Sunday, October 30, 2011

Free Societies Inspire Engagement

Photo: Dawn Colquitt-Anderson/EGI
By: Bethel Tsehai, M.P.H. (@bethel_tsehai)
October 30, 2011

A week ago, on Saturday, October 22, I attended the Ethiopian Global Initiative’s 2011 BuildEthiopia Conference at Harvard University. BuildEthiopia provided a platform for participants and attendees to actively engage in exploring current issues facing Ethiopia and to seek solutions for those challenges. Students, professionals, educators, policy makers, activists, and community organizers came together to collaborative and mutually inspire.

Topics covered include social entrepreneurship and economic development, civic engagement, and exploring the millennium development goals in relation to Ethiopia. Mr. Tesfaye Yilma, Deputy Chief of Mission of the Embassy of Ethiopia to the United States, spoke on the various threats Ethiopia faces in the future, in particular, poverty as the country’s top national security threat. On the positive side, the government is making efforts to ensure a transfer of knowledge and technology.

Mr. David Rice, Executive Director of New York University’s Development Research Institute, emphasized the need for and benefits of economic freedom in Ethiopia. Often times, international development issues stem from issues in leadership. In light of this statement, he asked some thought provoking and profound questions. In particular, he asked, “Can you have economic freedom and growth without criticizing the current government?” It’s imperative to realize that only in a free society does a country have complete economic freedom. He asked, “Could Steve Jobs do what he did in Ethiopia?” Think about it! In a free society, citizens are not only empowered, but entitled to pursue their dreams without hindrance. Failure or success of the individual is based on their own efforts and abilities and not dictated or controlled by the government.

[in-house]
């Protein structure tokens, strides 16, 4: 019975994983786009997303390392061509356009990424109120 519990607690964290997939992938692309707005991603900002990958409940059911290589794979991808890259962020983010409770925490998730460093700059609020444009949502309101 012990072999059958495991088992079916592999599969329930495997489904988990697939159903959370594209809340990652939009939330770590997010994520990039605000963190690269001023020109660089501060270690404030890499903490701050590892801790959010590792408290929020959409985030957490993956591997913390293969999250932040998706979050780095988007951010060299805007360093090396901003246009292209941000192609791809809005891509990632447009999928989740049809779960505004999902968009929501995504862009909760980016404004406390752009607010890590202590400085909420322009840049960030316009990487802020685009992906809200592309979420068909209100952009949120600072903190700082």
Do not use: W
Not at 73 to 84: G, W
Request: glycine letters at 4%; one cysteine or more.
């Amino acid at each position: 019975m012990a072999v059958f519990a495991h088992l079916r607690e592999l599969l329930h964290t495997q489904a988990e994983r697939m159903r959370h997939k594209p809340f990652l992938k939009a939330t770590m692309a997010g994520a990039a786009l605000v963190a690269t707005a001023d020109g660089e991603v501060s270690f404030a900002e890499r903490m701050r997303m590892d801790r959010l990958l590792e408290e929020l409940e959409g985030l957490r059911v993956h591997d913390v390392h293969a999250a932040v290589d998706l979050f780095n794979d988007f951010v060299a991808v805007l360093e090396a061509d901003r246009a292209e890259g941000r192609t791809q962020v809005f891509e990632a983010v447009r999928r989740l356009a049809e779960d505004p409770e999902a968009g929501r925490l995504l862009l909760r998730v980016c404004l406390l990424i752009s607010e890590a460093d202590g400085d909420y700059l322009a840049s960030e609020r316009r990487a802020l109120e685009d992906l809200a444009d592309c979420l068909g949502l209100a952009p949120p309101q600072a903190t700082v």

On the bright side, Ethiopia’s GDP is growing at a progressive double-digit rate. In light of this growth, it is vital for donor countries to partner with the African Diaspora. It is clear that Africa needs an African solution! Frankly, the African Diaspora needs to step and think outside the box and develop new and innovative ways to approach the difficulties of Ethiopia and Africa in general.

Through capacity building, enhancing social media and technology, and engaging in social entrepreneurship, Ethiopia will become a self-sustaining and successful country. There is hope and it begins with one word: ENGAGEMENT!

Bethel Tsehai, M.P.H., is Project Manager of the Midwives Scholarship Fund at the Ethiopian Global Initiative.

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